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Differences between black and white consumption patterns

Are there really differences between black and white consumption patterns? Explain?

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Are there really differences between black and white consumption patterns? Explain?'black%20and%20white%20consumption%20patterns'

There are many bases used for market segmentation, but demographic factors such as age, occupation, income level, educational attainment, and race are frequently used to identify key markets. Race has become increasingly important as a segmentation variable because it has been shown that race can influence consumption patterns and because racial minorities have come to represent a larger and larger proportion of the U.S. population. The sheer numbers of the largest minority group, African-Americans, and the improving economic status of many of its members, make this racial minority especially attractive. Nevertheless, relatively few studies in the finance literature have profiled differences in financial asset portfolio holdings of Black versus White households, or examined how these differences should affect the manner in which financial planners tailor their marketing efforts to meet the needs of different racial groups. In addition, Blau & Graham (1990) and Brimmer (1991) point out that Black consumers display a preference for holding tangible, non-financial assets that yield consumptive services, while White consumers tend to hold financial assets and income-producing non-financial assets. Given this evidence, Black consumers should display relatively larger investments in consumption-oriented real property, such as a personal residence and vacation property, and a relatively smaller investment in income-producing real property, such as rental property and commercial real estate, in their investment portfolios. The most notable difference between Black and White households, however, is unrelated to cultural considerations. The dollar value of virtually all asset holdings is substantially greater across White respondents. This gap reflects the wide net worth disparity between Black and White consumers reported by Scott (1998), Myers and Chung (1996), and a host of other researchers. Moreover, the gap does not appear to be related to the relative popularity of various asset categories, such as common stock versus real estate, across different racial groups. As Scott (1998), Lach (1999), and Badu et al. (1999) suggest, African-American households are particularly conservative in their investment style, preferring real estate assets and insurance ...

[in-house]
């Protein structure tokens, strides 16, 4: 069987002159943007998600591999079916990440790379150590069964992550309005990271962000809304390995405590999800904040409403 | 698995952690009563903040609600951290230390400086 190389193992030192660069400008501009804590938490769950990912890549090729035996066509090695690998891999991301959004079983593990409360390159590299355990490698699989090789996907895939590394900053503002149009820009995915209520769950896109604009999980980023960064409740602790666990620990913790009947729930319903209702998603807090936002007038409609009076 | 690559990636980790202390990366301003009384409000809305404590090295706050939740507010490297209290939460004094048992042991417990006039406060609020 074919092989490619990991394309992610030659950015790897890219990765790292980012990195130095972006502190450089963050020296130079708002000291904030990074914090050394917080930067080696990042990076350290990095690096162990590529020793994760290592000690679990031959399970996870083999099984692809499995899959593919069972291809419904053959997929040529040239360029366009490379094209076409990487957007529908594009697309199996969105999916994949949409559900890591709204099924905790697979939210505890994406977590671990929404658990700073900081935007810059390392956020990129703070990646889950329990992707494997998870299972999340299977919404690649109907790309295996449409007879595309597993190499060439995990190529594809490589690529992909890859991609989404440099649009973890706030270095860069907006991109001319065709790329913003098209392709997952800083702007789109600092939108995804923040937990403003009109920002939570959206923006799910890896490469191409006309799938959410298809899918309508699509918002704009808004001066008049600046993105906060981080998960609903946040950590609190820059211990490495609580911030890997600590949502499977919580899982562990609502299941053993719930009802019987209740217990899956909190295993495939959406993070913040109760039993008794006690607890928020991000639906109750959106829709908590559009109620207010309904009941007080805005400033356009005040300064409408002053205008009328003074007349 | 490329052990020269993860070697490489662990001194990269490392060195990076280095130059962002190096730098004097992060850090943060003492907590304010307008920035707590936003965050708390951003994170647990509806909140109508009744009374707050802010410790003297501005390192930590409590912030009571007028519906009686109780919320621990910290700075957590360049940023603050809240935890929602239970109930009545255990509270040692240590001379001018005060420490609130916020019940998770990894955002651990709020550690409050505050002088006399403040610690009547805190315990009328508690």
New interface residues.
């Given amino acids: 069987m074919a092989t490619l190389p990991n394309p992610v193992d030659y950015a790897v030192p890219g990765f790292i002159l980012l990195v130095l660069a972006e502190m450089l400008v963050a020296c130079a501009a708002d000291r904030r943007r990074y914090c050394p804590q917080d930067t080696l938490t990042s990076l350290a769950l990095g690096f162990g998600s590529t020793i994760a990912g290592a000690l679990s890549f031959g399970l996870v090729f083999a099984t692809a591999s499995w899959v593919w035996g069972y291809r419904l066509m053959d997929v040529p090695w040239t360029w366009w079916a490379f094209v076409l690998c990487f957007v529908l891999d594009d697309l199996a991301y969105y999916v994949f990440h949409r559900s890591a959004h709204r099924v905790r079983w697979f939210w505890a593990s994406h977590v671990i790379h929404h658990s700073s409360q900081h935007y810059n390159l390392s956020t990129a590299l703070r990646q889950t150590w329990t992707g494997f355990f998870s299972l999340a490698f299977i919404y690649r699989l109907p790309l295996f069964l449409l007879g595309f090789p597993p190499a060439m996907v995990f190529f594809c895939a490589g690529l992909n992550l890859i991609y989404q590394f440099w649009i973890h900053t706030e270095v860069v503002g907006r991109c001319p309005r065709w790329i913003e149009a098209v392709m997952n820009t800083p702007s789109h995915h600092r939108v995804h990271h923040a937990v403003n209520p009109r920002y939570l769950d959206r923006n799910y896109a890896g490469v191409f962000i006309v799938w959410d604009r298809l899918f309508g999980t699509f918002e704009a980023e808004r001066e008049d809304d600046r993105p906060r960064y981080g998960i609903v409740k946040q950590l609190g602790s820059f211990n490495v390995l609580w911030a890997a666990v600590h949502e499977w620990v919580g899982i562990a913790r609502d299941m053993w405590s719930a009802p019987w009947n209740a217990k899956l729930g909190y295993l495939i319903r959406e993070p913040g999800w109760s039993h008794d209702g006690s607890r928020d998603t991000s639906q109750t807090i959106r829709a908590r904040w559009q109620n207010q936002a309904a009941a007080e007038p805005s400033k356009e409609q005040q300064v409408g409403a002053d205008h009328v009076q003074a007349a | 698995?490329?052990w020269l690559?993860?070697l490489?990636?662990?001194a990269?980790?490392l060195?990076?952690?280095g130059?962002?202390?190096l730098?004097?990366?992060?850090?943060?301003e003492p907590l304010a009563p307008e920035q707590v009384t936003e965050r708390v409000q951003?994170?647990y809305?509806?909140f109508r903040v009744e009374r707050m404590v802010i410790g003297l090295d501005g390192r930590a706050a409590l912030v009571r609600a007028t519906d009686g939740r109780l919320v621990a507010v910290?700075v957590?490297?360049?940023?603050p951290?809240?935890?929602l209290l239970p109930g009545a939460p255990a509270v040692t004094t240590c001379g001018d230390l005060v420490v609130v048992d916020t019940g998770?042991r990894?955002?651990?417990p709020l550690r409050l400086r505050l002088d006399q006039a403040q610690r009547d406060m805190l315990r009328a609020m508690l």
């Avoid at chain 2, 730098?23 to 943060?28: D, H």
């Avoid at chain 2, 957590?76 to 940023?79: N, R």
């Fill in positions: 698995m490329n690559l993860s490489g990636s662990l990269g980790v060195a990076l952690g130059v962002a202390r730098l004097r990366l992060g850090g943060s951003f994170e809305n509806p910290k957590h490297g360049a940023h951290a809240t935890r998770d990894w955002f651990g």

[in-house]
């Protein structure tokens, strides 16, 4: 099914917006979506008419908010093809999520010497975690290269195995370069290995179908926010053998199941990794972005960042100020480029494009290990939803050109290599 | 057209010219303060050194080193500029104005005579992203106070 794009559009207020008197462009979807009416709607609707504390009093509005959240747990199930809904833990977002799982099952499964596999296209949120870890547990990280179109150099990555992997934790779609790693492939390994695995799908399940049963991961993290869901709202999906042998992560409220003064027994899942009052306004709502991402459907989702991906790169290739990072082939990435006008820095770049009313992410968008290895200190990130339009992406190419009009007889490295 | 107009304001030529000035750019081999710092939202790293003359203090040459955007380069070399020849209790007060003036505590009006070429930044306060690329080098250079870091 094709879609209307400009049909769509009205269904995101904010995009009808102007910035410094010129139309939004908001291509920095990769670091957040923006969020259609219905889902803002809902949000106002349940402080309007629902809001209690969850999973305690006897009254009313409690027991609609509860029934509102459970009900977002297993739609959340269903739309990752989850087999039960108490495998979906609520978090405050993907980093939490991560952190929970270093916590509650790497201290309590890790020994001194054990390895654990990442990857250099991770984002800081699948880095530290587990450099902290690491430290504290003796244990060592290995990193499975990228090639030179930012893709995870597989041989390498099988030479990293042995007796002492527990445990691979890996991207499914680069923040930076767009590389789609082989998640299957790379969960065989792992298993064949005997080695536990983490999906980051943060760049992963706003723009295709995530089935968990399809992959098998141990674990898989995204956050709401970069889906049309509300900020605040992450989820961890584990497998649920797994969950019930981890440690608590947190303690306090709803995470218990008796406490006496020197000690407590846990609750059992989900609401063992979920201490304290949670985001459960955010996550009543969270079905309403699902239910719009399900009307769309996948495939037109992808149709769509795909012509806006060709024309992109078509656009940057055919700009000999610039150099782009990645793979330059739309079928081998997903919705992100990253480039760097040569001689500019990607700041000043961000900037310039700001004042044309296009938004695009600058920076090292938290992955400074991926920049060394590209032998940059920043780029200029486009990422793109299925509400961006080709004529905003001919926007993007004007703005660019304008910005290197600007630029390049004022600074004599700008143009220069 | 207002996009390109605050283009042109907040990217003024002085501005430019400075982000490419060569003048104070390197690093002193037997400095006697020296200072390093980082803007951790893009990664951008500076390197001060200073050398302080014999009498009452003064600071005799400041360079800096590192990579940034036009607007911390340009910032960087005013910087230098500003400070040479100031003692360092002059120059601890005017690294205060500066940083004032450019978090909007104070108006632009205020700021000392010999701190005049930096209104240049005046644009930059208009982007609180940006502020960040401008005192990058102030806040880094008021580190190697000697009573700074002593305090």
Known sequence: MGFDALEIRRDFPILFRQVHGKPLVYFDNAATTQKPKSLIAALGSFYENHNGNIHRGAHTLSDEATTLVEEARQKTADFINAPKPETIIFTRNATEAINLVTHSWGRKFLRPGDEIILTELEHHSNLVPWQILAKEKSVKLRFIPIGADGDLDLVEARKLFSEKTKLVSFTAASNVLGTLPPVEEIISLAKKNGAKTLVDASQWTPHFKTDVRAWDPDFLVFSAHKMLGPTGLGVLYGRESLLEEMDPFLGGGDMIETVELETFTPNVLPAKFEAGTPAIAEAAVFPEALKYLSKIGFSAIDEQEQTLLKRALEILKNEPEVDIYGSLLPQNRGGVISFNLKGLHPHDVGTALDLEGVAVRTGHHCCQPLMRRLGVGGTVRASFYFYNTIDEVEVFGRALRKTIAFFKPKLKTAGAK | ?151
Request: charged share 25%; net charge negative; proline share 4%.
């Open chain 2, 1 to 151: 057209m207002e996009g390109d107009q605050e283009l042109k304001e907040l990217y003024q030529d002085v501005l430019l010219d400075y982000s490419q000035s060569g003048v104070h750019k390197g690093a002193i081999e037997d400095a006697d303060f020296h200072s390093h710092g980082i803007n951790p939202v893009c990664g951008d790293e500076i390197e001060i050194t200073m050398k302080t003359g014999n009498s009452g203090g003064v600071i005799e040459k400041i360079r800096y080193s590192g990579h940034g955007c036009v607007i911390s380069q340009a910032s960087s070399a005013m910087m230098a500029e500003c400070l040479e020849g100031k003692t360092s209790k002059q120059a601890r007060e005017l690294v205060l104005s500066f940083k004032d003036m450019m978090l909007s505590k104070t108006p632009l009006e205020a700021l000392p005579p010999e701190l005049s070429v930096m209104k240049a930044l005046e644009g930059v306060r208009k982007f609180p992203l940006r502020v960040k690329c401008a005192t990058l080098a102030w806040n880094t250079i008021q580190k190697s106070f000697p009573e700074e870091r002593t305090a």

Solution Summary

Cultural differences in consumption patterns are stressed in this solution, which is provided in about 1,478 words with references.